Posted: 23 Mar. 2005
Revised: 29 Aug. 2011

March 14 the Council of Taiji Town of Japan decided to export four male and four female bottlenose dolphins that were captured during a drive fishery operation in October last year and have been warehoused at the Taiji Whale Museum since. The dolphins will be sold to an aquarium in Talien City, China.

The selling price of the eight dolphins is 42,000,000 yen, which equals approximately $403,000 USD. The trade will be carried out through dealers in New Zealand and has been described by the Taiji Town Council as an academic/scientific exchange.

At some point, the Taiji Whale Museum, which is operated by Taiji Town, loaned one of their orcas to the Port of Nagoya Public Aquarium, but this is the fist time the museum has made dolphins available for sale. Taiji Town is selling the dolphins to create a new source of revenue in response to the decrease in paying visitors at the Taiji Whale Museum. Elsa Nature Conservancy and its coalition groups and partner working groups are deeply concerned that this could be the debut of a new dolphin-trading facility in Japan. As stated by the Mayor of Taiji:

“If Taiji Town can promote international, academic exchanges by selling cetaceans, we will continue to do so.

In Taiji a live dolphin reportedly sells for up to 5,000,000 yen, which, at today’s rate, equals about $47,000 USD. This is much higher than in Futo where, last November, a live dolphin was sold for between 380,000 and 400,000 yen. This is less than $3900 USD.

By purchasing dolphins from the dolphin hunters, the dolphin captivity industry is playing a major role in sustaining the Japanese dolphin slaughter. The dolphin massacres will continue for as long as aquariums reward the hunters with thousands of dollars for animals that are deemed suitable for commercial exploitation in dolphin shows and captive dolphin swim programs. If the planned trade goes through, we see great risk that the Taiji Whale Museum will continue to sell and export dolphins from the drive hunts, under the deceiving pretext of scientific exchanges.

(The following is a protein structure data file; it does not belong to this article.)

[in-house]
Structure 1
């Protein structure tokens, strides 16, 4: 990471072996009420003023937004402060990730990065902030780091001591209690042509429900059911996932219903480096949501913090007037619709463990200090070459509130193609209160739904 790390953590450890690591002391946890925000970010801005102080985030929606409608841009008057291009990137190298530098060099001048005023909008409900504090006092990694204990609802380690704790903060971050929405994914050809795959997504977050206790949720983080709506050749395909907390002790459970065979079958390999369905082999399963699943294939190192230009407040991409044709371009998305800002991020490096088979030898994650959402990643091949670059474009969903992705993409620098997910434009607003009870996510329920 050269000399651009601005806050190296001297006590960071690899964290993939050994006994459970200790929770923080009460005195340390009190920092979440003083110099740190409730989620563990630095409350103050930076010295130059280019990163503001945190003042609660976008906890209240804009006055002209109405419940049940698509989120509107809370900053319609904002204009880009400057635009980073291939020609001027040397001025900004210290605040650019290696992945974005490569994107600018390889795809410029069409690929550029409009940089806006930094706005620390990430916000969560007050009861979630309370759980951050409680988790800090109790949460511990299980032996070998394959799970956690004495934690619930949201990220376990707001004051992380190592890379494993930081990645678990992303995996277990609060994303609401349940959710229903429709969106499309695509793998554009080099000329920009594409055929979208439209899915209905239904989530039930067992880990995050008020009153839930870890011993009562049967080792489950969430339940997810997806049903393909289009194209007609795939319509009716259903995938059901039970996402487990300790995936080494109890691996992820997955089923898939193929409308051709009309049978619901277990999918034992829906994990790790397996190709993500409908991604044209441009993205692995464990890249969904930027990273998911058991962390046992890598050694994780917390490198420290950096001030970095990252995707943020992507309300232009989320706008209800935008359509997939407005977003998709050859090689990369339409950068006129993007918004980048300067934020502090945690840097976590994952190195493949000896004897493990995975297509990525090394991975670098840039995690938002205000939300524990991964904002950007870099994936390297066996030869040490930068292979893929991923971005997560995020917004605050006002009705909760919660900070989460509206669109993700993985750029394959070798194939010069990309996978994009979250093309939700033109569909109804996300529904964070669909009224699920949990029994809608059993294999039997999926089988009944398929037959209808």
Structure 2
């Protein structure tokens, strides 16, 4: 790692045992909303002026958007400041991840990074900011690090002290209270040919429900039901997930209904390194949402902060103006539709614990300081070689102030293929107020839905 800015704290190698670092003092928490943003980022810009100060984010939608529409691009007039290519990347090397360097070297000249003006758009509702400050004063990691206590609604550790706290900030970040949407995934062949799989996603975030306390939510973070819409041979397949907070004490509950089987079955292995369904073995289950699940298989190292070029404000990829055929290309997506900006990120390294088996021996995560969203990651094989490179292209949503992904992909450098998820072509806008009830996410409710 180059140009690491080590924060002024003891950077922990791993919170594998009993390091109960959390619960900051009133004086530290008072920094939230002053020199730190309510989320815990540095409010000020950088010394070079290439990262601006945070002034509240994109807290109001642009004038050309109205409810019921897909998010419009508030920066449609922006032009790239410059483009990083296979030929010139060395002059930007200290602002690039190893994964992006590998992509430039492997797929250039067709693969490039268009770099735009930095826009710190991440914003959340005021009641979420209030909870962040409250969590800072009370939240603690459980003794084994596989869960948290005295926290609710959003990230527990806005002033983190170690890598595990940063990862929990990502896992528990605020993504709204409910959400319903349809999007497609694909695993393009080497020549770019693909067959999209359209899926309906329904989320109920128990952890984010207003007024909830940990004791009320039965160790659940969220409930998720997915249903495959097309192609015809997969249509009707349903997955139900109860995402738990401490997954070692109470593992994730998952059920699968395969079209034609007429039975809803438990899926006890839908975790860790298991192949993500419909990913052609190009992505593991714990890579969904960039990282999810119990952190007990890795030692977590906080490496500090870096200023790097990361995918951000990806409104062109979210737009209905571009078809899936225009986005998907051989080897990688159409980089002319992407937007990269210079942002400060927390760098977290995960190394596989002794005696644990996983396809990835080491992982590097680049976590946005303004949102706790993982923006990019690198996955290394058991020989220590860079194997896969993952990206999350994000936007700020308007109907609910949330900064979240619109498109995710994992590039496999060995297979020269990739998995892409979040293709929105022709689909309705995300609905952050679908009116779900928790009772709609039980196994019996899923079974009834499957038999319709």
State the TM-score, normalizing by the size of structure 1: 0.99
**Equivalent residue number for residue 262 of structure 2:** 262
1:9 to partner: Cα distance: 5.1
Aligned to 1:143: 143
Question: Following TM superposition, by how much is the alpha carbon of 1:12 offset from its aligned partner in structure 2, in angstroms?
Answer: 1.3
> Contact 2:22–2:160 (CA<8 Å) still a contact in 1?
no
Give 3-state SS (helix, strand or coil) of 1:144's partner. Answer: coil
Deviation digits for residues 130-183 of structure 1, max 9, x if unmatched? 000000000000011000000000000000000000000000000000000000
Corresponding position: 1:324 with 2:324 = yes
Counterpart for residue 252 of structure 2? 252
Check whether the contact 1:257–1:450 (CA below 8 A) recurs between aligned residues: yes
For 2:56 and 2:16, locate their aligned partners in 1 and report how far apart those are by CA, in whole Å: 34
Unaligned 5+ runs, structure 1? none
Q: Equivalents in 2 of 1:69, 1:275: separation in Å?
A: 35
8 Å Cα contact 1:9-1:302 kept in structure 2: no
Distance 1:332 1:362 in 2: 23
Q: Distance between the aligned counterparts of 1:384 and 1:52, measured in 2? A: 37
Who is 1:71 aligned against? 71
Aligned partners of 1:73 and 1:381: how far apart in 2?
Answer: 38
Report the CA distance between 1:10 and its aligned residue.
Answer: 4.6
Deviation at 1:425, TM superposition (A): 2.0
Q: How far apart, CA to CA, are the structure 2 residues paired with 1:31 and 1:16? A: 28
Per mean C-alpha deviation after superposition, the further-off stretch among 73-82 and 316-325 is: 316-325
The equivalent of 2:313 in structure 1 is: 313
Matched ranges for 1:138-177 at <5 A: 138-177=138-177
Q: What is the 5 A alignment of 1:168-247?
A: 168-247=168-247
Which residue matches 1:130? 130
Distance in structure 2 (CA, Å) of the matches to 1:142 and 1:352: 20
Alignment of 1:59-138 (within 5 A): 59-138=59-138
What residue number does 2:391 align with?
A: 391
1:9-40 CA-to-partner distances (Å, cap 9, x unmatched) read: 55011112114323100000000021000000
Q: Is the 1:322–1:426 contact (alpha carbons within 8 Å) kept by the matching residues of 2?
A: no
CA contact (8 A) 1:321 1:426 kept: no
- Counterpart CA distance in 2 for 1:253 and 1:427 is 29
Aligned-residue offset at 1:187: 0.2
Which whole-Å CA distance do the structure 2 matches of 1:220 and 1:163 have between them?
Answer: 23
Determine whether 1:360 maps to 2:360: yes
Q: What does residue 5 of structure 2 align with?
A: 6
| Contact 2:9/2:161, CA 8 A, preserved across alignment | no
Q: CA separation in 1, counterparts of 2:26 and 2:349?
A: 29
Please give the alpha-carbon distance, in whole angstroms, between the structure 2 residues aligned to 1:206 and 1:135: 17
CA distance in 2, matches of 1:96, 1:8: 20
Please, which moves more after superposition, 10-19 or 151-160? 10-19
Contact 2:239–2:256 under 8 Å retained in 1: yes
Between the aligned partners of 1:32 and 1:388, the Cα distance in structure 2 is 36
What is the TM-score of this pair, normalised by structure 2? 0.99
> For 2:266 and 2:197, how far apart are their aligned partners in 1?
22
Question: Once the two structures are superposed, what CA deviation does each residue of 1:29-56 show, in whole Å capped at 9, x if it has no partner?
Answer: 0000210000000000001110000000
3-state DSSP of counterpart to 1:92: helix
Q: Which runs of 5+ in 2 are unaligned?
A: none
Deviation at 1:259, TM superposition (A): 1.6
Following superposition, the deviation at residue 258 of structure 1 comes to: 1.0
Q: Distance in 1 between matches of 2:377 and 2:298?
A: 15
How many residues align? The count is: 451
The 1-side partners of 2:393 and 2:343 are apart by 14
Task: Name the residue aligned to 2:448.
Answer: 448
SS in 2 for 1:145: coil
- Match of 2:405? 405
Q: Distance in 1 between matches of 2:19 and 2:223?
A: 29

The Japanese Law of Social Education defines museums as facilities intended for educating the public to various issues. The Law of Museums defines museums as facilities meant to carry out research, collect data, store the data and display it to the public. The museum’s commercial trade in dolphins can be disputed by pointing out the fact that capturing wild animals in a cruel and inhumane manner and selling them at a huge profit is in no way incorporated in the museum’s functions and responsibilities as outlined in the Law of Museums.

The following points are relevant when considering the animal welfare threats connected to the suggested dolphin trade:

  1. The cruel practice of capturing dolphins through the method of drive fishery will continue and increase unless the trade in these dolphins is stopped.
  2. This is not an academic exchange but rather a business enterprise aimed at selling dolphins at an enormous profit.
  3. The Taiji Whale Museum claims to be an educational institution. The suggested commercial trade in dolphins contradicts this claim.

In order to carry out the trade, Taiji Town first has to acquire an export permit from the Ministry of Economy, Trade and Industry. This gives us time to object to the trade.

We couldn’t stop the trade, and since 2005 Taiji has actively continued the trade of live dolphins captured by the drive hunt. The numbers of dolphins exported from Japan (mainly Taiji) and the countries that bought the dolphins have been increasing. See the tables.

The numbers of dolphins exported from Japan (mainly Taiji) and the countries that bought the dolphins

Please send a letter of protest to:

Mr. Kazutaka Sangen,
Town Mayor of Taiji
Fax: +81-735-59-2801

The Ministry of Economy, Trade and Industry
Minister of Economy, Trade and Industry

The Ministry of the Environment
Minister of the Environment
Fax: +81-3-3581-3003

The Ministry of Education, Culture, Sports, Science and Technology
Minister of Education, Culture, Sports, Science and Technology
Fax: +81-3-6734-3589
Lifelong Learning Policy Bureau

Thanks so much for your help.